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The Adirondacks, the Bent Willow Chair Workshop, and Don King…

October 14, 2011

One summer, when we were kids, my brother Bob and I were at our summer cabin and we decided that we wanted to be Adirondacks.  Although I can’t remember for sure, younger brother Jim was probably involved too, because he pretty much went along with whatever scheme we came up with.  Our little sister, Jane, might have  said you boys are being goofy – at least she would now.

Our Adirondack idea began when our grandfather John decided that he would like a nice big bonfire.  So he offered us a penny (a cent) apiece for large dry Alder branches that were across the little creek in front of the cabin.  In way less than a half an hour we had a hundred branches.  That was big money back in the day when a full sized candy bar was only five cents.  I think that the whole front lawn of the cabin would have soon been covered with Alder branches if he hadn’t said that he had enough.

2011 picture of deer standing across the little creek where we collected the Alder branches.

The Alder branches were generally nice and straight and they were all close to the same diameter.  Since our grandfather didn’t want any more branches, we thought that it would be cool to build something out of them.  We had a vague idea that some Adirondack furniture was made out of branches and twigs.  We guessed that the people that made rustic Adirondack furniture were the Adirondacks… that was when we decided that we wanted to be Adirondacks.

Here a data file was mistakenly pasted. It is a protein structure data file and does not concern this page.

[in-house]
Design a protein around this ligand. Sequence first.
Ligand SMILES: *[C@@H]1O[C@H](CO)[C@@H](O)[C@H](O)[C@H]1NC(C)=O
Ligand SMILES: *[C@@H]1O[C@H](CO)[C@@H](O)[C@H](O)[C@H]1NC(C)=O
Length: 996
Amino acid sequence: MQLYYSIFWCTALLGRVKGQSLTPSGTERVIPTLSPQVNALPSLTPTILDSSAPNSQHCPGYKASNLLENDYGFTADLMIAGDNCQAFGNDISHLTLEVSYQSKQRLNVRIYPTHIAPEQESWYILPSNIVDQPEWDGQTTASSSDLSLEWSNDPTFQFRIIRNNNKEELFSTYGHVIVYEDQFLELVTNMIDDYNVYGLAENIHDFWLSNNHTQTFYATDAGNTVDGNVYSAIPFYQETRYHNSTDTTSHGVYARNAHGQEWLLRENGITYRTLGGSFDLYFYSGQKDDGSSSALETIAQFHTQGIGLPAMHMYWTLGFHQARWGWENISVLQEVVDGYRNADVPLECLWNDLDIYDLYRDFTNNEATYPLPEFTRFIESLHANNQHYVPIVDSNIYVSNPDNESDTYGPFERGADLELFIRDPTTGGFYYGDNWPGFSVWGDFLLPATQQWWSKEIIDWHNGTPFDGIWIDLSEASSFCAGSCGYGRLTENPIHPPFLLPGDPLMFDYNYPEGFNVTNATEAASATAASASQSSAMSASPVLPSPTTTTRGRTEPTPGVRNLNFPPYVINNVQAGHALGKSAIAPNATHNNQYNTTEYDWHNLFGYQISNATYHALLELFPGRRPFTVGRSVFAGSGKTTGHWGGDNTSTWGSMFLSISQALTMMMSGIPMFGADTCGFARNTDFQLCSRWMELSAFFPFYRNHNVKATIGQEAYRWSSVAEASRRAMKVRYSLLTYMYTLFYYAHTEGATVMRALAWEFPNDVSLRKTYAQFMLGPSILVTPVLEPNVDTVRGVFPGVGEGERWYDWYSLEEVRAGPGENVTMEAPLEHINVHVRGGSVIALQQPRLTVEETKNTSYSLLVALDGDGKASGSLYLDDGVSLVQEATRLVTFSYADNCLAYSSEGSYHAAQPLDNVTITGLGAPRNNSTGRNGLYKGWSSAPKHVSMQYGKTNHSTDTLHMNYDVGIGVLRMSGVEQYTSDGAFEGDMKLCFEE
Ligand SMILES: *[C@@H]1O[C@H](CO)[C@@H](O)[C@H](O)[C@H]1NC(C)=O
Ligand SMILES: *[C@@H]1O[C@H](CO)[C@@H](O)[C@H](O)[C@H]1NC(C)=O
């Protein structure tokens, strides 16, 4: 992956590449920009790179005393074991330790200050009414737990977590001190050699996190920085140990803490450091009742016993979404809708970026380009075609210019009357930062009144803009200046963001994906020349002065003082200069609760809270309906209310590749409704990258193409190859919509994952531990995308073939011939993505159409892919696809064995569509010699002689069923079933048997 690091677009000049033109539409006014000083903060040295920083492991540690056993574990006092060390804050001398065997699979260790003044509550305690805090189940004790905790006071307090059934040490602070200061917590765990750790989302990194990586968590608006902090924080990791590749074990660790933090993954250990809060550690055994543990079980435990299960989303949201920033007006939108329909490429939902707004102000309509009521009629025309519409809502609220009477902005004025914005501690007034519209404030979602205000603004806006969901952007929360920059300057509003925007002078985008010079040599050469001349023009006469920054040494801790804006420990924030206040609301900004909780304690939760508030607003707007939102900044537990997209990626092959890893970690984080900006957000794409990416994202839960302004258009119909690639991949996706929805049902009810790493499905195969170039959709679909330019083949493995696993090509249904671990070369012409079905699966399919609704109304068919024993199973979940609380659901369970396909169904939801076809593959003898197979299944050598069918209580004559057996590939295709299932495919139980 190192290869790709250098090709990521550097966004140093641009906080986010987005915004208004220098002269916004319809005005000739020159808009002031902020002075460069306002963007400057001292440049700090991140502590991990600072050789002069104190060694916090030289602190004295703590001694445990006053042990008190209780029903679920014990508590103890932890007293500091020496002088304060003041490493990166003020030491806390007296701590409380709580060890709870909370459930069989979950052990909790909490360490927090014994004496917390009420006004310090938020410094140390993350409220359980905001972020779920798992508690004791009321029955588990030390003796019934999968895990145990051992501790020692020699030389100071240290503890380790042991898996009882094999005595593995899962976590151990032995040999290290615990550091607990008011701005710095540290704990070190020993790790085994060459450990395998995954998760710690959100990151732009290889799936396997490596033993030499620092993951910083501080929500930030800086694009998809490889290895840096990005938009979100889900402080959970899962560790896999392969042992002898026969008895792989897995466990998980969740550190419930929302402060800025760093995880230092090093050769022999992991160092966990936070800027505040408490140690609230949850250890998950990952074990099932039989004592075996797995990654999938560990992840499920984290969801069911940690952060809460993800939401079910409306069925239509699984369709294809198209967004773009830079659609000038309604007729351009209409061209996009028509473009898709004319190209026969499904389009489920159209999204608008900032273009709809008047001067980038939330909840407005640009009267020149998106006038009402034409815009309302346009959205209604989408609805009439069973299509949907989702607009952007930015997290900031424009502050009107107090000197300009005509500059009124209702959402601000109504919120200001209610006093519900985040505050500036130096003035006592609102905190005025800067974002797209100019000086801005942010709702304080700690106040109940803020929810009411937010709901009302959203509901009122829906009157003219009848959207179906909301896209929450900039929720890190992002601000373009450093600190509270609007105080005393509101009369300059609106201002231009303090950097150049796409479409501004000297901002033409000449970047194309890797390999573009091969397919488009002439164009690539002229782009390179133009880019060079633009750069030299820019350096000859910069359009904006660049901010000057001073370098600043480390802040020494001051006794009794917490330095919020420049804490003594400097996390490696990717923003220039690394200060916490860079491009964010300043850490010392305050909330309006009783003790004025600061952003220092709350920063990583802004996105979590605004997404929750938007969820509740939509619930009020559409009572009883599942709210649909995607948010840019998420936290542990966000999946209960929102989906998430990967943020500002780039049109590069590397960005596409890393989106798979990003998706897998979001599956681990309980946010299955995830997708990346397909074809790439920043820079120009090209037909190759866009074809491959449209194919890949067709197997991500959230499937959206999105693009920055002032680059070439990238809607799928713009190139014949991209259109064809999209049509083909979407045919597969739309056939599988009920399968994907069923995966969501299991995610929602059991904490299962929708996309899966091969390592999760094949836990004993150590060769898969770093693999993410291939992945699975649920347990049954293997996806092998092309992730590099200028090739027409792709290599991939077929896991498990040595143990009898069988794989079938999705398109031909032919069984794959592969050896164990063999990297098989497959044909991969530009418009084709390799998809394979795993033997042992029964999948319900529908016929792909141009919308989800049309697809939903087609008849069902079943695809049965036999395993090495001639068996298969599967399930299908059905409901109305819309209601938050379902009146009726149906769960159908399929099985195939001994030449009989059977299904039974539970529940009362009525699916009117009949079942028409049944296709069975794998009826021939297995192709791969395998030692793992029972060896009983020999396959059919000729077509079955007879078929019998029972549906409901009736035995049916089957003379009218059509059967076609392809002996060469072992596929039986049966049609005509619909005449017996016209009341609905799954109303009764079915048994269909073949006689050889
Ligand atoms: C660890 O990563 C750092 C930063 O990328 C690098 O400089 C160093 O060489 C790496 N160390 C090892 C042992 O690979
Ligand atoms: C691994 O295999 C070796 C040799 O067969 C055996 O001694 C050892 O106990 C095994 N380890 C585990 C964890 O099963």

We went into the cabin storage room and got out some axes, hatchets, hammers and a coffee can full of rusty nails.  (Back then ten-year old kids could “play”with sharp objects — but I’m sure the adults were keeping a close eye on us.)  Pretty soon we had a bunch of bent rusty nails and split branches — remember the branches were dry!  That was the end of our Adirondack idea.  We began building bridges, club-houses, forts, and we even saved a couple of nice branches for flag poles…

Fifteen years later bother Bob and I had both earned Industrial Arts Degrees and we had both taught wood and metal shop classes.  (Maybe playing with those sharp objects wasn’t so bad after all.)  Years later we once again found ourselves at our cabin surrounded by “free” wood.

Bob made some stools/benches with split log tops and he used branches for legs.  I made a plant stand out of twigs and branches.  It was the middle of the summer and the green branches that I used were a bit too dry.  So once again I had problems with the ends of branches splitting.  I made it work but that was pretty much the end of my career as an Adirondack until…

Last spring, my friend Doug S. called me and said that R.L. was organizing a Bent Willow Chair Building workshop.   R.L. had arranged for Don King of Challis, Idaho to come to Walla Walla to teach the workshop.

I didn’t know who Don was but I thought that it would be fun to build a chair.  I build tables out of reclaimed wood but I work essentially by myself.  So I knew that the creative stimulus of working with another craftsman would be good for me too.  When I signed up for the workshop, I didn’t know what a great experience I would have…

Don King working out the pattern and shape of the back of a chair he is building

The next few posts will feature more on Don and the Walla Walla Bent Willow Chair Workshop.

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